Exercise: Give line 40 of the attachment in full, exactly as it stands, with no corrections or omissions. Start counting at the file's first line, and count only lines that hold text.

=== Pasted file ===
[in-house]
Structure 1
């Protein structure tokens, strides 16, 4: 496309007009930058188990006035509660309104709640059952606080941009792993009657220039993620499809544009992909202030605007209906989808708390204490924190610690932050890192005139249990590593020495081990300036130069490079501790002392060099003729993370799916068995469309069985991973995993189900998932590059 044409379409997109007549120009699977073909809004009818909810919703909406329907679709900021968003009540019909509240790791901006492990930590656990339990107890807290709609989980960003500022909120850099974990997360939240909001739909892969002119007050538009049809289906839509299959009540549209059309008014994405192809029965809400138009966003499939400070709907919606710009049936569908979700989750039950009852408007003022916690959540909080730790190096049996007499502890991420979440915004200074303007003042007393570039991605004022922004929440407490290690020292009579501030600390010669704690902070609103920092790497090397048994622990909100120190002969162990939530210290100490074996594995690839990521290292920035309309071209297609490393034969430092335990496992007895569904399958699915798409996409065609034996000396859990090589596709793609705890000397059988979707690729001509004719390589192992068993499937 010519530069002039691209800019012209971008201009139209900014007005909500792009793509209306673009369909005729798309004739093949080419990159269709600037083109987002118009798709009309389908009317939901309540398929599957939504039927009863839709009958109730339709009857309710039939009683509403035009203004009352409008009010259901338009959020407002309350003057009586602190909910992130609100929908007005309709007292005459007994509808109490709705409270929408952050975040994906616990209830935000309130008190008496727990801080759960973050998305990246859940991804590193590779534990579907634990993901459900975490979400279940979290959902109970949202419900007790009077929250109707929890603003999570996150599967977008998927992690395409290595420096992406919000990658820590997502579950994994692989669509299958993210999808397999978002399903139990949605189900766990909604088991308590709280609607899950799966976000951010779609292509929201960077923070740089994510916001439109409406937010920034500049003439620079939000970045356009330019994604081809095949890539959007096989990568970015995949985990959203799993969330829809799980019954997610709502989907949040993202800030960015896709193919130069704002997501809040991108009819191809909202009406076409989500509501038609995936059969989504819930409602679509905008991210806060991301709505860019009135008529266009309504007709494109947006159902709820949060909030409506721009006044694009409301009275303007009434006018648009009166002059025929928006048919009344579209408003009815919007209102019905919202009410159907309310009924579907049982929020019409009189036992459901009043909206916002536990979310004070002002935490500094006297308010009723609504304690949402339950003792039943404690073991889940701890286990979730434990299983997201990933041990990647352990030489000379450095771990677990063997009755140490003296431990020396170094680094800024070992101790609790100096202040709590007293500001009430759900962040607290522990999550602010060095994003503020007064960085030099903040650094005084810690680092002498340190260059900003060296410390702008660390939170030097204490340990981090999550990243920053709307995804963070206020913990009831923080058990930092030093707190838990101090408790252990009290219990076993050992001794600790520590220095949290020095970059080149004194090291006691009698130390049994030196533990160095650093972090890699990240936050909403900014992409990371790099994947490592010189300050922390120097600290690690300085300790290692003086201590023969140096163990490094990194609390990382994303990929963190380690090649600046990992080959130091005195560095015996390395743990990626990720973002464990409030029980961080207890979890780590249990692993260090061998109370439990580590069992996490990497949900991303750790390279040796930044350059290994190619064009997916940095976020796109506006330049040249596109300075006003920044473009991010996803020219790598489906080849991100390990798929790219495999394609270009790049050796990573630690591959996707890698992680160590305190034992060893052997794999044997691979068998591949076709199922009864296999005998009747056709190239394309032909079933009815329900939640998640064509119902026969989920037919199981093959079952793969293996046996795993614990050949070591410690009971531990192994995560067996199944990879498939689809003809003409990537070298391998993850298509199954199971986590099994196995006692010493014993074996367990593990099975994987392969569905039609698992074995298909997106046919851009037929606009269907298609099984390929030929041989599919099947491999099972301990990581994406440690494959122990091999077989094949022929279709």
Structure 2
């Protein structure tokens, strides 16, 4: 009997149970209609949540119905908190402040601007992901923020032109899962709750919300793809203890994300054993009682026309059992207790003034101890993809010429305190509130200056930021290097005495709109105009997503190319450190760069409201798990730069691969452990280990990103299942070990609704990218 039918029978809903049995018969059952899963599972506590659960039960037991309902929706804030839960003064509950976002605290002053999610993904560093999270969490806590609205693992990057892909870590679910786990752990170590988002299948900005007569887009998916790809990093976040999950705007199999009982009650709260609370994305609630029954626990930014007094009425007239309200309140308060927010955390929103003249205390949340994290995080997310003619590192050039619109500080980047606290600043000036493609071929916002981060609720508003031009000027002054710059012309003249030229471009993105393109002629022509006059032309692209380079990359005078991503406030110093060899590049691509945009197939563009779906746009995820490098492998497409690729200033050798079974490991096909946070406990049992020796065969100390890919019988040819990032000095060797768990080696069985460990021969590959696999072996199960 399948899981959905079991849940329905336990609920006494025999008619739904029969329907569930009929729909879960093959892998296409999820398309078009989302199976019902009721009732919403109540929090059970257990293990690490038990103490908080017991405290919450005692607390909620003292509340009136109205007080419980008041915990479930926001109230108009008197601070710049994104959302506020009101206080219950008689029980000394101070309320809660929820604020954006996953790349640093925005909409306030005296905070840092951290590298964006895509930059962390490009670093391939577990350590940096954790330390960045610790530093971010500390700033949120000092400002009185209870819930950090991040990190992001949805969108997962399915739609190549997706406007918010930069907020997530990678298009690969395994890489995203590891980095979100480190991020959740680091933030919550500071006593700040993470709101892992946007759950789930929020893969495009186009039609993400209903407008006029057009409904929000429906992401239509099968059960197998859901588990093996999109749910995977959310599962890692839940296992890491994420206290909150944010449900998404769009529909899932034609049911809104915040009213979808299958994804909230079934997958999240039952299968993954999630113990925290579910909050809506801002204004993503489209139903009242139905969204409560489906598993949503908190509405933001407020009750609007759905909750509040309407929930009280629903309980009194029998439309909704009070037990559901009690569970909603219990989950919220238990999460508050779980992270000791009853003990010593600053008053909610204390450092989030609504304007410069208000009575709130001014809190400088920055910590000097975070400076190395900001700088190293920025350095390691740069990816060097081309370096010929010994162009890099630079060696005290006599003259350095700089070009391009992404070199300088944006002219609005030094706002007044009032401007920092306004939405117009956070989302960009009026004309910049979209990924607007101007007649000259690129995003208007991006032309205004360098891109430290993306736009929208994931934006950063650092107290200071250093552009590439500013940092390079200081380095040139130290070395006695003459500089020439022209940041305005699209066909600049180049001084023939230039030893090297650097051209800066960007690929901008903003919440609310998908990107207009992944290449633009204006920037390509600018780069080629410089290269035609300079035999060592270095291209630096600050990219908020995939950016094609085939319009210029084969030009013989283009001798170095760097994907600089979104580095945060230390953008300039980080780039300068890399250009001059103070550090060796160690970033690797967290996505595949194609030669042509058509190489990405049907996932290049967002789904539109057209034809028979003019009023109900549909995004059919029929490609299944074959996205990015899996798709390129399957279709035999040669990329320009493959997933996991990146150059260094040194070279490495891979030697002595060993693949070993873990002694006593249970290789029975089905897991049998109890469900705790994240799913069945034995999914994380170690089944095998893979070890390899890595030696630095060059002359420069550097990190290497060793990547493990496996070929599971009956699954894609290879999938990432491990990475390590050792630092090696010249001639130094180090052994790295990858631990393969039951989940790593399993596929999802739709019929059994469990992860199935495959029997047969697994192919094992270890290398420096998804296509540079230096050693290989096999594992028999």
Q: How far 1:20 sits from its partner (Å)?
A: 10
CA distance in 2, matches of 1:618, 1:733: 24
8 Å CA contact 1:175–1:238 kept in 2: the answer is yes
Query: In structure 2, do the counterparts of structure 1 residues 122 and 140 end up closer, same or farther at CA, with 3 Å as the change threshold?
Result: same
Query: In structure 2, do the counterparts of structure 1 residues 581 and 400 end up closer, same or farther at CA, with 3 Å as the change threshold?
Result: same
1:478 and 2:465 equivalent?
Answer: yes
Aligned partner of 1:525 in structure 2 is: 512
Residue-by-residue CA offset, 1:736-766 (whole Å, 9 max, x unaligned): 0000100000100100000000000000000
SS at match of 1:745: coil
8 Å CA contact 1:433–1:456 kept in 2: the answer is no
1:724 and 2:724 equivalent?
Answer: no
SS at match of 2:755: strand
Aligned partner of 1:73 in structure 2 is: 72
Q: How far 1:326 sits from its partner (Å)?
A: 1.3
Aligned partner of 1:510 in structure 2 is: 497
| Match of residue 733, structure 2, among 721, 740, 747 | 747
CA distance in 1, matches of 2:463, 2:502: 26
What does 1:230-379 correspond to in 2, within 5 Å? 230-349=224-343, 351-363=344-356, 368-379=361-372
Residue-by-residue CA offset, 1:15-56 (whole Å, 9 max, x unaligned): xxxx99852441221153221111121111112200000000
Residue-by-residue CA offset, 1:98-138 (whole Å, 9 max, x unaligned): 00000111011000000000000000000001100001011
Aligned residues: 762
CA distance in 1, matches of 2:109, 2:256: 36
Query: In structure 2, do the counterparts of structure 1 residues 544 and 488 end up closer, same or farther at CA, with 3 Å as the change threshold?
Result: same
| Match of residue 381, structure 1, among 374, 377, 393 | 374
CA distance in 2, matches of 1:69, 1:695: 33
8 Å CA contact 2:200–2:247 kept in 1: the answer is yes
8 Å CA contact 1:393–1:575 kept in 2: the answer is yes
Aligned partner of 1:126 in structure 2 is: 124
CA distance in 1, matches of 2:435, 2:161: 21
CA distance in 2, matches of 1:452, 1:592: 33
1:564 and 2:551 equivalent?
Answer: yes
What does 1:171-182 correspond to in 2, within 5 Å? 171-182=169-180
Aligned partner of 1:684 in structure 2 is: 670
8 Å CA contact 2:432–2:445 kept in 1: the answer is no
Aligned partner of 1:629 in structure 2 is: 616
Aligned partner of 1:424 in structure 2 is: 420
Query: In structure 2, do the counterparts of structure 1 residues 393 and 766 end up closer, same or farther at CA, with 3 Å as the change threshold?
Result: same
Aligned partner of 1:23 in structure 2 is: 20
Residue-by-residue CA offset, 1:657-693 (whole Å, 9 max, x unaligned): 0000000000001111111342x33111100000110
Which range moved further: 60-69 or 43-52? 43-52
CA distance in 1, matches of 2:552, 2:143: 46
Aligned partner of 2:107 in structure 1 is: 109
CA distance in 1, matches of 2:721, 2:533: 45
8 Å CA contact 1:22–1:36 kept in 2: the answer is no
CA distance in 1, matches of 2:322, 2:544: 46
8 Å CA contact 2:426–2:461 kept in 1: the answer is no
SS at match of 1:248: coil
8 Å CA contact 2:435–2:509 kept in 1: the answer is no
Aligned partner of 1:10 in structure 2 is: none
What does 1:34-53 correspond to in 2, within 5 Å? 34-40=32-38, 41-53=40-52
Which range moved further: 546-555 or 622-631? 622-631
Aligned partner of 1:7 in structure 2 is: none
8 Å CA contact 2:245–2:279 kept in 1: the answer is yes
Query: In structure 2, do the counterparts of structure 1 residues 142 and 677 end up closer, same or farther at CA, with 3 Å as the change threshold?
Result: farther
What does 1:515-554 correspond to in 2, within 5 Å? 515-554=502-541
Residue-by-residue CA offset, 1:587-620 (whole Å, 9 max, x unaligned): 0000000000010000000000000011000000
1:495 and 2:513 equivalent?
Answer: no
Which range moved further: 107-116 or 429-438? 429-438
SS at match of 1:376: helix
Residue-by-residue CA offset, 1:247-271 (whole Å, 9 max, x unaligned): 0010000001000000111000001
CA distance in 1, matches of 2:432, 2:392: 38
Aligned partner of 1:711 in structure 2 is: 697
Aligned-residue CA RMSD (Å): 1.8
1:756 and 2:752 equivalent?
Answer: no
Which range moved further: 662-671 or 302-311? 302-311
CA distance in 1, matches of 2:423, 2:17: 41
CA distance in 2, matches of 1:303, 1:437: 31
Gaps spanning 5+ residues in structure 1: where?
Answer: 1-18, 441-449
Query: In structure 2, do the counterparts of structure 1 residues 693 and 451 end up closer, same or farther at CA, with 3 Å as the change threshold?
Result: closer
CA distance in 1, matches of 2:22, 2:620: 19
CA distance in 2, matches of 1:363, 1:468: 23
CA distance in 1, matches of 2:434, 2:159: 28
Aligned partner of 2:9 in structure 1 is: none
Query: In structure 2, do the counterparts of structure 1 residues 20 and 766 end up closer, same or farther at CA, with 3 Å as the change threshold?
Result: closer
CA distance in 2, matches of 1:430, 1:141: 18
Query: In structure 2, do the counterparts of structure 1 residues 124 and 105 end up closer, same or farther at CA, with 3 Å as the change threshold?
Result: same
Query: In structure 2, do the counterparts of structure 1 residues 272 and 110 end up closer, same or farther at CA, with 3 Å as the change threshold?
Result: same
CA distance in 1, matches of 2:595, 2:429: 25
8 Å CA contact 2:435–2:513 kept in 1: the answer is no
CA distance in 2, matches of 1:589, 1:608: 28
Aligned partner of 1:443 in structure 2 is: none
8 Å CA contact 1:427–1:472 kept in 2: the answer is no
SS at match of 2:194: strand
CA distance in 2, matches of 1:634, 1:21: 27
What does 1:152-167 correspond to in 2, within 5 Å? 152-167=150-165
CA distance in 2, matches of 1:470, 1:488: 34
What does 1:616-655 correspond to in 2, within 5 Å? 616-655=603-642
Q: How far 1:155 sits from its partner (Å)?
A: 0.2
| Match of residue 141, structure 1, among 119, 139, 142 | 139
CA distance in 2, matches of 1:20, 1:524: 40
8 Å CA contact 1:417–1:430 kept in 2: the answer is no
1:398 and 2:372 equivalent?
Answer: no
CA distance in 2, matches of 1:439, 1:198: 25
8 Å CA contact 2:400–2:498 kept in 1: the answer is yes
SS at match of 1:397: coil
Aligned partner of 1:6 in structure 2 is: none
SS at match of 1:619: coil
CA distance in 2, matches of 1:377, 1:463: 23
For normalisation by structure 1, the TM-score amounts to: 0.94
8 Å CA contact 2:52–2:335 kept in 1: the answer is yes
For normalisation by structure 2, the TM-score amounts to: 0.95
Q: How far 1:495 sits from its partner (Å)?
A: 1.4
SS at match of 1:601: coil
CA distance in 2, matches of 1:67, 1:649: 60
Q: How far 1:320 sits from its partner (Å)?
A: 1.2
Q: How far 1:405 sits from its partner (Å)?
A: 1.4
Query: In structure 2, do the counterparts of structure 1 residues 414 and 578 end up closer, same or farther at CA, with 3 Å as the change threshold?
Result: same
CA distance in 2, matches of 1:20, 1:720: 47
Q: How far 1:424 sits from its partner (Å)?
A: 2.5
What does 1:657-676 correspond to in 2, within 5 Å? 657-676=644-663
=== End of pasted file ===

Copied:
Aligned partner of 1:126 in structure 2 is: 124